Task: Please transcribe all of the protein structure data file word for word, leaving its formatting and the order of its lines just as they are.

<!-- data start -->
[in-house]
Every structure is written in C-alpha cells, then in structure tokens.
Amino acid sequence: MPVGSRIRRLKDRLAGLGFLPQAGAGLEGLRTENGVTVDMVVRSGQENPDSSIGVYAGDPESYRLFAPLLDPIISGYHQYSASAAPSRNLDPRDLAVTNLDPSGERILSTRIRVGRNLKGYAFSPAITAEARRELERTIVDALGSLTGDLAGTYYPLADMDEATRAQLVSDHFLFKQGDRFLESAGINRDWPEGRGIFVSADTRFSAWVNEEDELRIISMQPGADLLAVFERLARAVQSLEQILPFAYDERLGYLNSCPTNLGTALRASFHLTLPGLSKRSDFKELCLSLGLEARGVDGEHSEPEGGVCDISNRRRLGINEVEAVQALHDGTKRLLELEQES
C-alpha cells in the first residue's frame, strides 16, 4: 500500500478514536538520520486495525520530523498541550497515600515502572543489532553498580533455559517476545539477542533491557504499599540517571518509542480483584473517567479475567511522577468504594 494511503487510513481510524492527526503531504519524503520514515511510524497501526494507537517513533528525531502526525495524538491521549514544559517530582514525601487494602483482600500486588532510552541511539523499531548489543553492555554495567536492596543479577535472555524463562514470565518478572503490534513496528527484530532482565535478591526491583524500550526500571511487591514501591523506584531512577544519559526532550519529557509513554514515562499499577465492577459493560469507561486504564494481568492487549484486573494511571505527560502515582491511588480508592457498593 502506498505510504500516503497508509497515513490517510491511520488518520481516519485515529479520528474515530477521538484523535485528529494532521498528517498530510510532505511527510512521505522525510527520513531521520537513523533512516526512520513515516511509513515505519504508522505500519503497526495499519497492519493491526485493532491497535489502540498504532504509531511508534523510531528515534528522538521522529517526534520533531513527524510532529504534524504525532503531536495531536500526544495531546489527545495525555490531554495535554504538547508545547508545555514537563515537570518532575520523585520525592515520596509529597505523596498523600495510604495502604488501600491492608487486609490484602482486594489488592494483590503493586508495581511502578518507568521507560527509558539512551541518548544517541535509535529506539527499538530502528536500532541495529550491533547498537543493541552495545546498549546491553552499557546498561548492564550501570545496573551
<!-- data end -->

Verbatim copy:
[in-house]
Every structure is written in C-alpha cells, then in structure tokens.
Amino acid sequence: MPVGSRIRRLKDRLAGLGFLPQAGAGLEGLRTENGVTVDMVVRSGQENPDSSIGVYAGDPESYRLFAPLLDPIISGYHQYSASAAPSRNLDPRDLAVTNLDPSGERILSTRIRVGRNLKGYAFSPAITAEARRELERTIVDALGSLTGDLAGTYYPLADMDEATRAQLVSDHFLFKQGDRFLESAGINRDWPEGRGIFVSADTRFSAWVNEEDELRIISMQPGADLLAVFERLARAVQSLEQILPFAYDERLGYLNSCPTNLGTALRASFHLTLPGLSKRSDFKELCLSLGLEARGVDGEHSEPEGGVCDISNRRRLGINEVEAVQALHDGTKRLLELEQES
C-alpha cells in the first residue's frame, strides 16, 4: 500500500478514536538520520486495525520530523498541550497515600515502572543489532553498580533455559517476545539477542533491557504499599540517571518509542480483584473517567479475567511522577468504594 494511503487510513481510524492527526503531504519524503520514515511510524497501526494507537517513533528525531502526525495524538491521549514544559517530582514525601487494602483482600500486588532510552541511539523499531548489543553492555554495567536492596543479577535472555524463562514470565518478572503490534513496528527484530532482565535478591526491583524500550526500571511487591514501591523506584531512577544519559526532550519529557509513554514515562499499577465492577459493560469507561486504564494481568492487549484486573494511571505527560502515582491511588480508592457498593 502506498505510504500516503497508509497515513490517510491511520488518520481516519485515529479520528474515530477521538484523535485528529494532521498528517498530510510532505511527510512521505522525510527520513531521520537513523533512516526512520513515516511509513515505519504508522505500519503497526495499519497492519493491526485493532491497535489502540498504532504509531511508534523510531528515534528522538521522529517526534520533531513527524510532529504534524504525532503531536495531536500526544495531546489527545495525555490531554495535554504538547508545547508545555514537563515537570518532575520523585520525592515520596509529597505523596498523600495510604495502604488501600491492608487486609490484602482486594489488592494483590503493586508495581511502578518507568521507560527509558539512551541518548544517541535509535529506539527499538530502528536500532541495529550491533547498537543493541552495545546498549546491553552499557546498561548492564550501570545496573551